At college, Father’s letters could be embarrassing.
He often drew stick figures on the envelopes
and sealed them with stick-figure hearts.

The year I was thirteen, Mother was in the hospital.
Dad explained that her bad days were epileptic attacks
and that she couldn’t help her angry outbursts.

Summers, during elementary school, I often went
to work with Dad at the shipyard. I had my own cap
printed with my name. It hung in Dad’s office next to his.

On my fifth birthday, our puppy dog chewed
the back out of one of my good sneakers. Daddy
bought a new pair so Mommy wouldn’t find out.

When I was two and a half, a man whose big truck
got to the corner just as Daddy’s car was crossing,
was able to stop in time.


Mary E. Moore




My mother starred in different roles,
some which caused me dread.
She'd sing pop songs and play piano,
then wish that we were dead.

Nana and Grandpa kept things steady,
playing their parts with skill.
Nana dealt out fun with card games,
made Jello when I was ill.

At the cellar bench, I worked with Grandpa,
loved tools, to his delight.
"Mame," he'd say, "if you want to do it,
be sure you do it right."

Concealed in Mother's cedar chest
lay clues to another's life:
uniform buttons, ivory chess set,
a poem, a pocket knife.

From these props, I cast a father,
I hoped someday I'd see.
With changing times and story line,
he did appear— in me.

Mary E. Moore
From November Day,
Shadows Ink Publications, 2008

The HyperTexts





It was a dead end.
My grandparents had moved there
from Circle Drive on Hughes Lake.
They’d had to trade their nine-room house
for a second-floor flat they shared
with my widowed mother and me.
Grandpa, a retired meat merchant,
made cold calls in his 1930 Chevy coupe,
peddling Hobart slicing machines.
Mother, a kindergarten teacher,
found herself chief wage earner,
Grandma homemaker and stand-in mother.

In that street, we kids rode bikes,
roller-skated, and played stickball.
On trash day, we went “garbage picking,”
searching the refuse for treasures.
An empty lot was “The Woods,”
ideal for campfires and Wild West gunfights.
“Imussbe a Cowboy!” “Youmussbe an Indian!”
The embankment, blocking the street,
held the railroad tracks, a perfect place
to flatten pennies and take dares.
No dead end for me.

Mary E. Moore
Loch Raven Review, Spring 2008




Mary Alice was, by all accounts, the smartest
of five children. Musically talented, she loved singing,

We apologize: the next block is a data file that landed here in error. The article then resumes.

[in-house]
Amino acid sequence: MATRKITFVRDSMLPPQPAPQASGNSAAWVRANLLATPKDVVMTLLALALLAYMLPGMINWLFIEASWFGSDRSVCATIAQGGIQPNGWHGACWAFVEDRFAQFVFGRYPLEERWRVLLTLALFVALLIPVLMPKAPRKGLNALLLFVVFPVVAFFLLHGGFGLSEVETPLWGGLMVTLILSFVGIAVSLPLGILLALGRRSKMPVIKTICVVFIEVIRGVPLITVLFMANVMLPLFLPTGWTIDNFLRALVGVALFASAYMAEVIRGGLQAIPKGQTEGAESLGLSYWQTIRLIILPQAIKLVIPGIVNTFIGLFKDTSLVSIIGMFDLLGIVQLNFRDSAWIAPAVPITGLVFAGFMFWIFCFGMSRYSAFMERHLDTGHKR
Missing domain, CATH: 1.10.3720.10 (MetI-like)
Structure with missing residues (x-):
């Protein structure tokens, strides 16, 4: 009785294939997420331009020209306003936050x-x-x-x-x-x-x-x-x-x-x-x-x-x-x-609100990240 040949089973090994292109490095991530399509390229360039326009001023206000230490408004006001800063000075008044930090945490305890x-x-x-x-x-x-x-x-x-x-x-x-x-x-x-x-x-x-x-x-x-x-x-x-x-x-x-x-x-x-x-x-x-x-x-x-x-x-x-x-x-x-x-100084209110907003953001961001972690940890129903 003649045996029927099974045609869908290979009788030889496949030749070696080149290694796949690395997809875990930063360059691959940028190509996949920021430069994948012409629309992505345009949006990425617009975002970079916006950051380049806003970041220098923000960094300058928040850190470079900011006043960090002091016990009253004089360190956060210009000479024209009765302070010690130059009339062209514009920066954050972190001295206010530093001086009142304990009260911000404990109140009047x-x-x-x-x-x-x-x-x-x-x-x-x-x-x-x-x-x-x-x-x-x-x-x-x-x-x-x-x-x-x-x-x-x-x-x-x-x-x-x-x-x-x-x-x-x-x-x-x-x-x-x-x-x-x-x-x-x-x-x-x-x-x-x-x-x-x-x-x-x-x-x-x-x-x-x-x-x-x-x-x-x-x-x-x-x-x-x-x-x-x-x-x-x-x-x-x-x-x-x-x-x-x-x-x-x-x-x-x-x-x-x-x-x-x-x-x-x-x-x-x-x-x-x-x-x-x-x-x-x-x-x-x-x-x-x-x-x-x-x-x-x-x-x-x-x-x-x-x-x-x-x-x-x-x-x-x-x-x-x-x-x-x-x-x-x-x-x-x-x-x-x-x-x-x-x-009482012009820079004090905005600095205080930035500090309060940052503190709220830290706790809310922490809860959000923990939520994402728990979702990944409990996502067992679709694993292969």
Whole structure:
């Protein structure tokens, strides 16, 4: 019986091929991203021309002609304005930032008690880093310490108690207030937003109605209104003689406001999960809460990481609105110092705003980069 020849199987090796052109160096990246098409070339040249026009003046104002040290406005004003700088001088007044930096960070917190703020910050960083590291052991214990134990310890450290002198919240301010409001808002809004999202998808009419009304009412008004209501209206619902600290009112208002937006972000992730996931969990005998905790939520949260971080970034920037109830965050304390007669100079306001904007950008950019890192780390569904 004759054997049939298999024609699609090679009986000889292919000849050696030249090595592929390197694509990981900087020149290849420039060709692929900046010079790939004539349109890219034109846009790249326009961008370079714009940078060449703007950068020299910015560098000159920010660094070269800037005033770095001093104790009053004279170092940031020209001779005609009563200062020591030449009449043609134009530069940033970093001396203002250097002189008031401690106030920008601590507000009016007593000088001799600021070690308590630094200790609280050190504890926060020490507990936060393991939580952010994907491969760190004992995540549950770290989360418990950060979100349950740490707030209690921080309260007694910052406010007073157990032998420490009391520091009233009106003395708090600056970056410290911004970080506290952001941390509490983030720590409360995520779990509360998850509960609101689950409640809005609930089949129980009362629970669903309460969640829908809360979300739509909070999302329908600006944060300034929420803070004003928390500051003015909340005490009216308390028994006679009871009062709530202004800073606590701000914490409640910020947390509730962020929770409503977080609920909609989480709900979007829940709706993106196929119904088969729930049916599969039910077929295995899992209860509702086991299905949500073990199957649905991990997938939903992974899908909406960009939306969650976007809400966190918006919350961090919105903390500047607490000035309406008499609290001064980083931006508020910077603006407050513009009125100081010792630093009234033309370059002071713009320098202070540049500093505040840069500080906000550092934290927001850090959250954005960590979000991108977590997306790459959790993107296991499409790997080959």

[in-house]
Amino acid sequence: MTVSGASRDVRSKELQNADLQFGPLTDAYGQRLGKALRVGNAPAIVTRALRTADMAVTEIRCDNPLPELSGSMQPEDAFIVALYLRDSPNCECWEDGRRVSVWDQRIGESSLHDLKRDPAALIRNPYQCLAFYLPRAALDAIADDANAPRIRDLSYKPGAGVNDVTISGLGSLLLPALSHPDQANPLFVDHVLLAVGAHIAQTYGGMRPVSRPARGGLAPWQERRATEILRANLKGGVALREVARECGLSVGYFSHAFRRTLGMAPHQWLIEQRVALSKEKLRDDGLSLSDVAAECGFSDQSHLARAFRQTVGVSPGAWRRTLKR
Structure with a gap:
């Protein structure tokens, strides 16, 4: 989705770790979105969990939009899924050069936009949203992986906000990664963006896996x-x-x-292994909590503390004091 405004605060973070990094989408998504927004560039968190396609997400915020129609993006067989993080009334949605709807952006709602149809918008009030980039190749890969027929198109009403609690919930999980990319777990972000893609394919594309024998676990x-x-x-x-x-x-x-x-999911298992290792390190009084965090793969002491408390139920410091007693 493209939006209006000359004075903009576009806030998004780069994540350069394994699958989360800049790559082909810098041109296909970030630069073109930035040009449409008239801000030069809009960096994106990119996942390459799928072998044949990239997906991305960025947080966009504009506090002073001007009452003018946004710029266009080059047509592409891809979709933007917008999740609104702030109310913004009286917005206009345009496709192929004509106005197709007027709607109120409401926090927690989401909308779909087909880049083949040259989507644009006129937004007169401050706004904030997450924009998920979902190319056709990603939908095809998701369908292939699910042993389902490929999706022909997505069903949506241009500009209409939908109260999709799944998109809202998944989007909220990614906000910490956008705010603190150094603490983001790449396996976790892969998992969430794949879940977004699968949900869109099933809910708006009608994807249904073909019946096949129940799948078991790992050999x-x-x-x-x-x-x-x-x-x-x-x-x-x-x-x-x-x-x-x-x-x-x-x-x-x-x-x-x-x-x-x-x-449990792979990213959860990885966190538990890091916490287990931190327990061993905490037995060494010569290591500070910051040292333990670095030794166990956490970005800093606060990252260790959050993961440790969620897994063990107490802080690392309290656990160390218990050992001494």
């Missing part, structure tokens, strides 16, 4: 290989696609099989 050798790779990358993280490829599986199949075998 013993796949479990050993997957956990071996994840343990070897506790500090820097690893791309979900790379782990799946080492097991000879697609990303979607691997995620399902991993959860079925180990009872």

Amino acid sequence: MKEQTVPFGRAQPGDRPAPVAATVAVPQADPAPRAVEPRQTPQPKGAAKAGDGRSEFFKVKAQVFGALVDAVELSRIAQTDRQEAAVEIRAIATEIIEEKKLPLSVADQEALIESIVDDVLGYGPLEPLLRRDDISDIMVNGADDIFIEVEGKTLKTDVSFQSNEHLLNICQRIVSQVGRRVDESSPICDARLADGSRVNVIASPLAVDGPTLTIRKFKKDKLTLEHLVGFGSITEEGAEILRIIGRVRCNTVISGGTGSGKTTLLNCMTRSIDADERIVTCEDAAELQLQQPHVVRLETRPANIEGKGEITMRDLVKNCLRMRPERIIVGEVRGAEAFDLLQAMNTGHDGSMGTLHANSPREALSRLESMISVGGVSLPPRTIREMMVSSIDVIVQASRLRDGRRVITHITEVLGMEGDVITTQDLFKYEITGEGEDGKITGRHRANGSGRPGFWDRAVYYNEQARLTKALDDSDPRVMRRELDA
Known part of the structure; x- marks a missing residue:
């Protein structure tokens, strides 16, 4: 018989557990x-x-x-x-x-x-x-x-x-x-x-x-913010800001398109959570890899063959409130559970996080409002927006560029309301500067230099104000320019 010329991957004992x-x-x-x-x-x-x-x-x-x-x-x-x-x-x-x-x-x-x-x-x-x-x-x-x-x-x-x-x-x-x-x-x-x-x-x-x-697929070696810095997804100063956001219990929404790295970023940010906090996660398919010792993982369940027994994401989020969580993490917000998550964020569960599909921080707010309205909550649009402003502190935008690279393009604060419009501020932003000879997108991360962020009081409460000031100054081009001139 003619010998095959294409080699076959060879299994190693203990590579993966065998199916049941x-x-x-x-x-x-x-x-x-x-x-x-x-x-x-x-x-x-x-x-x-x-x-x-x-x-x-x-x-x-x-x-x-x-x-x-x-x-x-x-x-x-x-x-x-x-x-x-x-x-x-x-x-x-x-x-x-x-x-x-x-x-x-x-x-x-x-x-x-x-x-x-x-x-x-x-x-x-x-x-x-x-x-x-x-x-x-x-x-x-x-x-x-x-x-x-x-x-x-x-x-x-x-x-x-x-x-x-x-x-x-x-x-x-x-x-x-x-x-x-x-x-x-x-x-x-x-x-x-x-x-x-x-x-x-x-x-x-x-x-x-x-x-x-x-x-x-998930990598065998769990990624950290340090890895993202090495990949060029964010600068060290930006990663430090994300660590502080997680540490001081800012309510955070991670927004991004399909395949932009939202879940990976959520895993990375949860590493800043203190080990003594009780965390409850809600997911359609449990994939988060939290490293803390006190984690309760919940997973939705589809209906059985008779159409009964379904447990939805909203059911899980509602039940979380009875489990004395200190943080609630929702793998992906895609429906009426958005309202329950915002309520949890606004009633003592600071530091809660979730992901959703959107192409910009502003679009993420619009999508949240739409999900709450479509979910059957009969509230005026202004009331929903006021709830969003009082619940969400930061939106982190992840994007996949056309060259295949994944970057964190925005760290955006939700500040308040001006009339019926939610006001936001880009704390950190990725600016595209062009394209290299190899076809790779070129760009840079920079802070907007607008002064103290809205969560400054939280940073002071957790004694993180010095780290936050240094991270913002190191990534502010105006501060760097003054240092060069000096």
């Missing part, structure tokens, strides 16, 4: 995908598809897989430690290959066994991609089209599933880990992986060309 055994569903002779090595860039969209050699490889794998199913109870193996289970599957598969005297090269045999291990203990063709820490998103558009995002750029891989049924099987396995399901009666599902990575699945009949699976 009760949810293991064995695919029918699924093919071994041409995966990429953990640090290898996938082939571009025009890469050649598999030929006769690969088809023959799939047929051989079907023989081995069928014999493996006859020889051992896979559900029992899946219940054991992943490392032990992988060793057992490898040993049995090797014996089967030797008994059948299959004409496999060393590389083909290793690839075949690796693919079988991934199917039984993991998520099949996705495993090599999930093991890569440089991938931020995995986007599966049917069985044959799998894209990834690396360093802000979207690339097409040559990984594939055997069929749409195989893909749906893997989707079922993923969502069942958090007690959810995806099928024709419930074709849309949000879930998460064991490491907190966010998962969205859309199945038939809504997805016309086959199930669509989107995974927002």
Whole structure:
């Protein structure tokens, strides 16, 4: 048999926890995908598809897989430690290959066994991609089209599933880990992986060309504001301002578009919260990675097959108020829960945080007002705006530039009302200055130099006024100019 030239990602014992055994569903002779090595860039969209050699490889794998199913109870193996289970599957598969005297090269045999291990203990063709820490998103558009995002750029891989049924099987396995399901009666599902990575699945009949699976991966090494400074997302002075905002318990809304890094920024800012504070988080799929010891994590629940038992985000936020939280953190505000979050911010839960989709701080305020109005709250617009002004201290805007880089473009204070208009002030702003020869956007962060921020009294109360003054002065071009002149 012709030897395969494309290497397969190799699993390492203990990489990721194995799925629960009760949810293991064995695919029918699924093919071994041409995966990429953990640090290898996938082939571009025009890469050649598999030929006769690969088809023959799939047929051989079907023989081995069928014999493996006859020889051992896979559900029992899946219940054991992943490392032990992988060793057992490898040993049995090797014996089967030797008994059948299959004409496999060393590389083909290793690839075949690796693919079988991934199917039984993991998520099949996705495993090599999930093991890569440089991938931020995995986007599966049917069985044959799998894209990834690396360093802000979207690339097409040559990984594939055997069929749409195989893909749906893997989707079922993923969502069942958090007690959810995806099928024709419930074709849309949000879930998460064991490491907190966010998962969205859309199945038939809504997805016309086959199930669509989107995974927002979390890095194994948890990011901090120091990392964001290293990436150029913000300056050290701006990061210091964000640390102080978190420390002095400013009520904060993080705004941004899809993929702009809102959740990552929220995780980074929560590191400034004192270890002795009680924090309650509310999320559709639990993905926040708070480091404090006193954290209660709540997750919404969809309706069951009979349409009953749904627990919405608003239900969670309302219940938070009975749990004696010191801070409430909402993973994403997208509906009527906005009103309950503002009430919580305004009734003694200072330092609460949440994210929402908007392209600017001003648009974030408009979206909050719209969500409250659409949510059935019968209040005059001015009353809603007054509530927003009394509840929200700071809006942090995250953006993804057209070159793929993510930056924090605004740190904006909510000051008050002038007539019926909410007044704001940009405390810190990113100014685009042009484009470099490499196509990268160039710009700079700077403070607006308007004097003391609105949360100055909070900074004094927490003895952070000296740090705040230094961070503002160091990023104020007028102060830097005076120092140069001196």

playing the piano for silent movies, the organ for church,
tastes ranging from Berlin, thru Gershwin to Bach.
Not pretty (she had her father’s Prussian nose),
but slim and attractive, “Alice” (her nom d’ecole)
was elected treasurer of her senior highschool class.

Latin and French were among her favorite subjects.
Learning new words and discovering their origins intrigued her.
She attended teachers’ college, taught kindergarten.
On a South American cruise, she met the ship’s purser.
He called her “Buddy”. He wrote often and earnestly.
Sweetheart, you are, as it were, the other half of me.
She left home at twenty-five when they were married.
She did not know me. I did not attend her wedding.

I called Mother “Timmy” (short for “Timber Wolf”).
Beginning in her late twenties, she had epileptic seizures
which slowly affected her psyche. Widowed at thirty, when
I was two, she moved home with her parents. Depressed,
I’m going to drive this car into a tree and kill us both,
easily angered, she was often overcome by fury,
shouting and throwing whatever came to hand.

Now it’s your turn to take care of your Mother!
my aunt declared, when I had finished college.
Years later, when I had earned a PhD in Psychology,
You only studied that to learn how to drive me crazy,
A psychiatrist, called to see her, instead confronted me.
Are you a child? Thus it was that I left Mother.
At forty-three, by now a medical doctor, I was married.
I knew Mother well. I did not invite her to my wedding.

Mary E. Moore





I went
to lunch once when
I had reached womanhood.
Seated on stone, shared my sandwich —
soul food.

Mary E. Moore
Amaze:The Cinquain Journal, Vol.6, #1, 2008





I realize that come next month, I’ll be
the age my mother was at death. So strange. . .
for she was old, back then. Yet now, not me!
I’m barely past my prime. There’s been some change,